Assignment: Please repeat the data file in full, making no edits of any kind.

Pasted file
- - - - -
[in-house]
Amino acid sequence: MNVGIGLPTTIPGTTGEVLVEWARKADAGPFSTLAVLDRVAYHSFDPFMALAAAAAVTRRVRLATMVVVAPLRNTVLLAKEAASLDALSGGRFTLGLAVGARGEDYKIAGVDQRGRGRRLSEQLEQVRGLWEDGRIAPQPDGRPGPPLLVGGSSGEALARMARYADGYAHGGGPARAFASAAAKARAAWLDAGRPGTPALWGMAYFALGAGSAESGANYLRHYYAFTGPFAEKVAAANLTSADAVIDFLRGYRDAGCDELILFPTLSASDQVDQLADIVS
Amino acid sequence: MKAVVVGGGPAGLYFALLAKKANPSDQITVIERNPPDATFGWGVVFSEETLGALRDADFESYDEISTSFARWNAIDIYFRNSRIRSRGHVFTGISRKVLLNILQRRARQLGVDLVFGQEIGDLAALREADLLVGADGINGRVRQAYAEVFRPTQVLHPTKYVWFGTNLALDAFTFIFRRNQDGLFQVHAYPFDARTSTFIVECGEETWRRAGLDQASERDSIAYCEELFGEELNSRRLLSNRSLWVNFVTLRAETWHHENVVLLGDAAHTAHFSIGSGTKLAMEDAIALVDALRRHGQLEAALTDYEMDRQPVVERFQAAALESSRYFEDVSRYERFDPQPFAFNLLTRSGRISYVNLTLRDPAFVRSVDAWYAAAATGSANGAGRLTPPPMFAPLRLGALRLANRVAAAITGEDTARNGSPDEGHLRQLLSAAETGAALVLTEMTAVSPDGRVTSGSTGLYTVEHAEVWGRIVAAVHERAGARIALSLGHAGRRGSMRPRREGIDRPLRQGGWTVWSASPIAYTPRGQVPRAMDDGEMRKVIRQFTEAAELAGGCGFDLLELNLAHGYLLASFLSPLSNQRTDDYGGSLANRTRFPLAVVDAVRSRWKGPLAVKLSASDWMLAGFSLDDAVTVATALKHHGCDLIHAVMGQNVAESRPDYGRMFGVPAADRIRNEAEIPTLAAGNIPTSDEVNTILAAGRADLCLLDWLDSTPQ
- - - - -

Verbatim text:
[in-house]
Amino acid sequence: MNVGIGLPTTIPGTTGEVLVEWARKADAGPFSTLAVLDRVAYHSFDPFMALAAAAAVTRRVRLATMVVVAPLRNTVLLAKEAASLDALSGGRFTLGLAVGARGEDYKIAGVDQRGRGRRLSEQLEQVRGLWEDGRIAPQPDGRPGPPLLVGGSSGEALARMARYADGYAHGGGPARAFASAAAKARAAWLDAGRPGTPALWGMAYFALGAGSAESGANYLRHYYAFTGPFAEKVAAANLTSADAVIDFLRGYRDAGCDELILFPTLSASDQVDQLADIVS
Amino acid sequence: MKAVVVGGGPAGLYFALLAKKANPSDQITVIERNPPDATFGWGVVFSEETLGALRDADFESYDEISTSFARWNAIDIYFRNSRIRSRGHVFTGISRKVLLNILQRRARQLGVDLVFGQEIGDLAALREADLLVGADGINGRVRQAYAEVFRPTQVLHPTKYVWFGTNLALDAFTFIFRRNQDGLFQVHAYPFDARTSTFIVECGEETWRRAGLDQASERDSIAYCEELFGEELNSRRLLSNRSLWVNFVTLRAETWHHENVVLLGDAAHTAHFSIGSGTKLAMEDAIALVDALRRHGQLEAALTDYEMDRQPVVERFQAAALESSRYFEDVSRYERFDPQPFAFNLLTRSGRISYVNLTLRDPAFVRSVDAWYAAAATGSANGAGRLTPPPMFAPLRLGALRLANRVAAAITGEDTARNGSPDEGHLRQLLSAAETGAALVLTEMTAVSPDGRVTSGSTGLYTVEHAEVWGRIVAAVHERAGARIALSLGHAGRRGSMRPRREGIDRPLRQGGWTVWSASPIAYTPRGQVPRAMDDGEMRKVIRQFTEAAELAGGCGFDLLELNLAHGYLLASFLSPLSNQRTDDYGGSLANRTRFPLAVVDAVRSRWKGPLAVKLSASDWMLAGFSLDDAVTVATALKHHGCDLIHAVMGQNVAESRPDYGRMFGVPAADRIRNEAEIPTLAAGNIPTSDEVNTILAAGRADLCLLDWLDSTPQ